It's difficult to imagine a traveler disembarking from an airplane wanting to spend a night in one.
But if the number of hotels built into airplanes is any indication, such travelers do exist.
Costa Verde, a luxurious hotel located in a Costa Rican rainforest, is a recycled Boeing 727.
Despite its clipped wings, from the exterior it looks like an aircraft emerging from the jungle ready to fly out over the Pacific.
The fuselage that encases the two bedrooms of the "727 Fuselage Home" suite is intact. Apart from the distinctive shape of the portholes and curved ceiling, however, the interior feels more woodsy bungalow than aircraft.
Meanwhile, Stockholm's Arlanda Airport has budget accommodation Jumbo Stay, a hostel built into a Boeing 747, popularly known as a Jumbo Jet.
"I financed and built the whole hostel," says owner Oscar Diös. "We wanted to be unique, but not discriminating toward anyone with a smaller budget."
This welcoming attitude may be why the cockpit has served as the setting of several weddings, and why former 747 pilots are regular visitors.
"Jumbo Stay is a place for everyone," says Diös.
For €350 ($465) a night, there's the Airplane Suite for two in the Netherlands.
Built inside a decommissioned Ilyushin Il-18, it comes with amenities you couldn't have on a private jet -- Jacuzzi, sauna, flat-screen TVs and basic kitchen equipment, not to mention a mini-bar and DVD collection.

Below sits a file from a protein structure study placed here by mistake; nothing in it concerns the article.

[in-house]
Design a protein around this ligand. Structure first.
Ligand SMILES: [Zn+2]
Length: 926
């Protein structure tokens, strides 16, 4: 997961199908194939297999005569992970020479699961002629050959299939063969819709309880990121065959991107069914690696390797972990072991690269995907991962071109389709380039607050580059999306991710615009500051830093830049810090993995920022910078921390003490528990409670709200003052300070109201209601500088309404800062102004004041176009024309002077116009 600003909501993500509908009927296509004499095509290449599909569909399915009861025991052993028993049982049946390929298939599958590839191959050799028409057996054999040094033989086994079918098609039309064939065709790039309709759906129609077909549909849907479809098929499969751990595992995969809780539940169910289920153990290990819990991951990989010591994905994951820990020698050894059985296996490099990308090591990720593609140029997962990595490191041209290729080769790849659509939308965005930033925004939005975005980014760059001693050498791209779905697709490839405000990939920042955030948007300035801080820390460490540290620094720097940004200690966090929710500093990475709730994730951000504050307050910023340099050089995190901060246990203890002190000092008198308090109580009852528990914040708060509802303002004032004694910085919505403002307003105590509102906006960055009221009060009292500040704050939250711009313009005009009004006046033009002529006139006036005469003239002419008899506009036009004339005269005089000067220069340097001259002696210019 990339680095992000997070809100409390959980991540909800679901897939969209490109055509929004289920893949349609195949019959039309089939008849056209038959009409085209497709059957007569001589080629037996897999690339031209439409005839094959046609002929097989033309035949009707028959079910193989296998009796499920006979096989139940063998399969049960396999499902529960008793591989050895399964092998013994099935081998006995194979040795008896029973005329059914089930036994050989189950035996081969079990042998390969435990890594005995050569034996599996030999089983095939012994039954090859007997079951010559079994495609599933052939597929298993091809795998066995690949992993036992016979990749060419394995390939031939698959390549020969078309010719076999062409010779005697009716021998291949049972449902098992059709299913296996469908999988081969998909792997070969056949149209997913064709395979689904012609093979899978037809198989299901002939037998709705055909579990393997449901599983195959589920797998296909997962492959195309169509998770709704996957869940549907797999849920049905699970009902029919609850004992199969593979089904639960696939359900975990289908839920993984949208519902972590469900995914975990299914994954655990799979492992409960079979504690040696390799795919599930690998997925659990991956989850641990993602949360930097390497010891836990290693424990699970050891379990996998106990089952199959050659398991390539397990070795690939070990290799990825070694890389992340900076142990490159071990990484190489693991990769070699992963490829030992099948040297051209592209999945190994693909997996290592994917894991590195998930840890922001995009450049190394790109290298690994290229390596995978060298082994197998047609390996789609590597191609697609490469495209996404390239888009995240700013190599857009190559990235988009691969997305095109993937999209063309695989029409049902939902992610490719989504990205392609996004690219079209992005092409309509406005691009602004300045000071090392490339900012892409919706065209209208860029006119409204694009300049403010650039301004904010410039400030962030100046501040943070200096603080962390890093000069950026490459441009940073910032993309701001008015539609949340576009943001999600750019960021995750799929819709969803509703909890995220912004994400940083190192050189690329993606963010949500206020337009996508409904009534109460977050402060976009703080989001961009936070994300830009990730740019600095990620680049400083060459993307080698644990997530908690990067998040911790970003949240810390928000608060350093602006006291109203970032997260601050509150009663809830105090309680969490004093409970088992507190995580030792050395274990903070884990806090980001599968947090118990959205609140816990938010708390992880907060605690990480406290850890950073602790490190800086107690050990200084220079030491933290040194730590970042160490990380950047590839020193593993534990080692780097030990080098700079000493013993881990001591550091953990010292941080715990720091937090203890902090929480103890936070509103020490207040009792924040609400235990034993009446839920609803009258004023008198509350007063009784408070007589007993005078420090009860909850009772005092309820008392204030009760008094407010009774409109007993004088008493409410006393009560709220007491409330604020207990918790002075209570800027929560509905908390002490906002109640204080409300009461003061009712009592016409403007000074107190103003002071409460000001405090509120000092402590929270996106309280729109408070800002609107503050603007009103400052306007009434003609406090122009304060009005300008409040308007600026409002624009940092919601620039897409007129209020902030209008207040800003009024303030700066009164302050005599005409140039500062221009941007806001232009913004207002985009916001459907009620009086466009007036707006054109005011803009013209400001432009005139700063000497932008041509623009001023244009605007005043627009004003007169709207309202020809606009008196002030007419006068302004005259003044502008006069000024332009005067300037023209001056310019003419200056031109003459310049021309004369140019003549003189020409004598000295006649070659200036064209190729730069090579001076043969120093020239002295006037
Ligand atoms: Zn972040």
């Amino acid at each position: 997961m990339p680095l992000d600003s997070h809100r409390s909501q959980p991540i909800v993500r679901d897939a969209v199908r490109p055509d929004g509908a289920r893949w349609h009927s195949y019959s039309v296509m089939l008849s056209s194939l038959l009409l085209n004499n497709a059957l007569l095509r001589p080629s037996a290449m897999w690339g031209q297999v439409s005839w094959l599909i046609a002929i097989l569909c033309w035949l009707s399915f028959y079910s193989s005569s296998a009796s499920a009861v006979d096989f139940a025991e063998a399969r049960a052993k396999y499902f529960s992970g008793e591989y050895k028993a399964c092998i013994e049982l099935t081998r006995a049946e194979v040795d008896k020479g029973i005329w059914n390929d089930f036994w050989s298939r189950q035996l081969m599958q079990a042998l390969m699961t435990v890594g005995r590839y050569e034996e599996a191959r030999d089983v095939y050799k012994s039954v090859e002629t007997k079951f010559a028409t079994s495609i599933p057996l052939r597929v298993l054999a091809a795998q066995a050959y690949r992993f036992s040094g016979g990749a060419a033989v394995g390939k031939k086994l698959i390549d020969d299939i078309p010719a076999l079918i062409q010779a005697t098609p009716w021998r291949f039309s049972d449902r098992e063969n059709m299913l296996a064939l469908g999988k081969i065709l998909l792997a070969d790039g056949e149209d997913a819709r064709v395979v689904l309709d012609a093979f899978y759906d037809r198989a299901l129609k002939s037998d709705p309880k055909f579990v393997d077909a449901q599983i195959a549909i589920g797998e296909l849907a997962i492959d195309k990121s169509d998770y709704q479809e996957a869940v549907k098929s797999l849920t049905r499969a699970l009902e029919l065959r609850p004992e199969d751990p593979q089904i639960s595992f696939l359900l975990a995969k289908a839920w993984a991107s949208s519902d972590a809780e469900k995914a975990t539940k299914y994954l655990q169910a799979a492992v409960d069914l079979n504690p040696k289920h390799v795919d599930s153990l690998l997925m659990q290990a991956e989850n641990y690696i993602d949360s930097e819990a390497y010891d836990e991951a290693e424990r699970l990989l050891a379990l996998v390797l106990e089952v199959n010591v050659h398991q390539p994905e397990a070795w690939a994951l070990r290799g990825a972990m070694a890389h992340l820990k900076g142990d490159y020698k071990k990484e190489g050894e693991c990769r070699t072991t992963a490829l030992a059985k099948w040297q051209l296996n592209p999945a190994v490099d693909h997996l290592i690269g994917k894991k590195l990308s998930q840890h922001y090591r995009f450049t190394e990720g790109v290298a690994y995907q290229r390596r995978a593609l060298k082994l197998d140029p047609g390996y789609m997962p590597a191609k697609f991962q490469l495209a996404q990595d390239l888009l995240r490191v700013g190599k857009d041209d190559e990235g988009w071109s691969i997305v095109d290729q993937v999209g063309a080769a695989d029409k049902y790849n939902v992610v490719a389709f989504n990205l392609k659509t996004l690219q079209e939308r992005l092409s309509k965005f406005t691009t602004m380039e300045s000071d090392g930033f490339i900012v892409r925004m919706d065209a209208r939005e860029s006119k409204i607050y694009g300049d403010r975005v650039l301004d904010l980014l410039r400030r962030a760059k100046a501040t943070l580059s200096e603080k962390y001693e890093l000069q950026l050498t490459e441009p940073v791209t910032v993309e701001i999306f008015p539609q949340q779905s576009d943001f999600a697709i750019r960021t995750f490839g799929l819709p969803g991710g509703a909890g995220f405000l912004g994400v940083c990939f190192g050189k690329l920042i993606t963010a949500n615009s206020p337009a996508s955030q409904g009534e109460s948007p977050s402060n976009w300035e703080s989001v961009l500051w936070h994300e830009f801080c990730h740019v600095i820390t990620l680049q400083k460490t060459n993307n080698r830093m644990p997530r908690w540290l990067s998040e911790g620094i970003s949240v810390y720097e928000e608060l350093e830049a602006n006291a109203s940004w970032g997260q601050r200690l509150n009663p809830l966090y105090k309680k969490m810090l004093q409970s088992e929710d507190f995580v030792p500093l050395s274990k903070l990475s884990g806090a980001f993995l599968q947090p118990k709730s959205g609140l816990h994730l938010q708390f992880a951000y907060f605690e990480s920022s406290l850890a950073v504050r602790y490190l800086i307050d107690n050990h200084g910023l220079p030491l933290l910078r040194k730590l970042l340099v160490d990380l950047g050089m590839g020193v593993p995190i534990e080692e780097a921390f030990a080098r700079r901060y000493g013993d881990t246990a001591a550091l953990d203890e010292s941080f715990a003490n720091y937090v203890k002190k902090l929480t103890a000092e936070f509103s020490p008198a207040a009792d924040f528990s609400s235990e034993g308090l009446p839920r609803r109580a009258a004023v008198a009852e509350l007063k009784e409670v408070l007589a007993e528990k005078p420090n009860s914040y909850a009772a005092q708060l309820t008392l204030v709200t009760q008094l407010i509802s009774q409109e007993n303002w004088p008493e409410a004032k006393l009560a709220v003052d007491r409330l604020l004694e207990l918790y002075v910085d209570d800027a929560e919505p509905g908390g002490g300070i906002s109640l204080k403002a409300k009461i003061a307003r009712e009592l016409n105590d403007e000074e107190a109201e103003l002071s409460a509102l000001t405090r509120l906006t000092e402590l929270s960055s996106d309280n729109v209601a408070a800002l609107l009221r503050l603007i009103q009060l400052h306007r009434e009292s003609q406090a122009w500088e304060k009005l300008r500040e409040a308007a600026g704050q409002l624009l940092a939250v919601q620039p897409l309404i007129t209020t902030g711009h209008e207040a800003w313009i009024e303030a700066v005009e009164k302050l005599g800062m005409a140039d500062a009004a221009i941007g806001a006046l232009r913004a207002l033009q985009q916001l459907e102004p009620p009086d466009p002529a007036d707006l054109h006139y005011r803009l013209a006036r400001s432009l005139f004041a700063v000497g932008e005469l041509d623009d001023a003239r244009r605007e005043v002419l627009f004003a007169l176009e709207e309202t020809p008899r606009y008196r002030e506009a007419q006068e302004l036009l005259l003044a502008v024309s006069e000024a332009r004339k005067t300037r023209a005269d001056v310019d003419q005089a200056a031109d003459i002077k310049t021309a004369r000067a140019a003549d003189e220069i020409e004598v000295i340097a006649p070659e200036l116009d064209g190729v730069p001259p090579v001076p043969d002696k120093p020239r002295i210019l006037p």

Most airplanes try to avoid submersion in large bodies of water. That sort of thing is usually called an "accident."
But if the airplane is empty, then sinking it into the sea to create an artificial reef, like the Artificial Reef Society of British Columbia (ARSBC) did with a Boeing 737, it might actually be a good thing, as they become homes for, and thus promote, local marine life.
"The 'passenger list' of creatures that now inhabit the reef has grown to over 100 species," says Deidre Forbes McCracken, director of public relations at the ARSBC.
Recycling an airplane means recycling the interior as well.
Australian retailer Rushfaster stocks laptop messenger bags fitted with former airplane seatbelts as straps -- a good gift for university freshmen who need to lug around textbooks.
Then there's British retailer Worn Again, with its Worn Again Virgin line. Though often out of stock (recycling depends on the availability of discarded materials), the company stocks a line of bags, clothes and accessories made from recycled Virgin Atlantic interiors.
European architectural firm LOT-EK has ambitious concept designs for a library of more than 200 stacked Boeing fuselages; Sky Tram presents the idea of converting fuselages into futuristic supertrains that would run on tracks suspended several stories above the ground.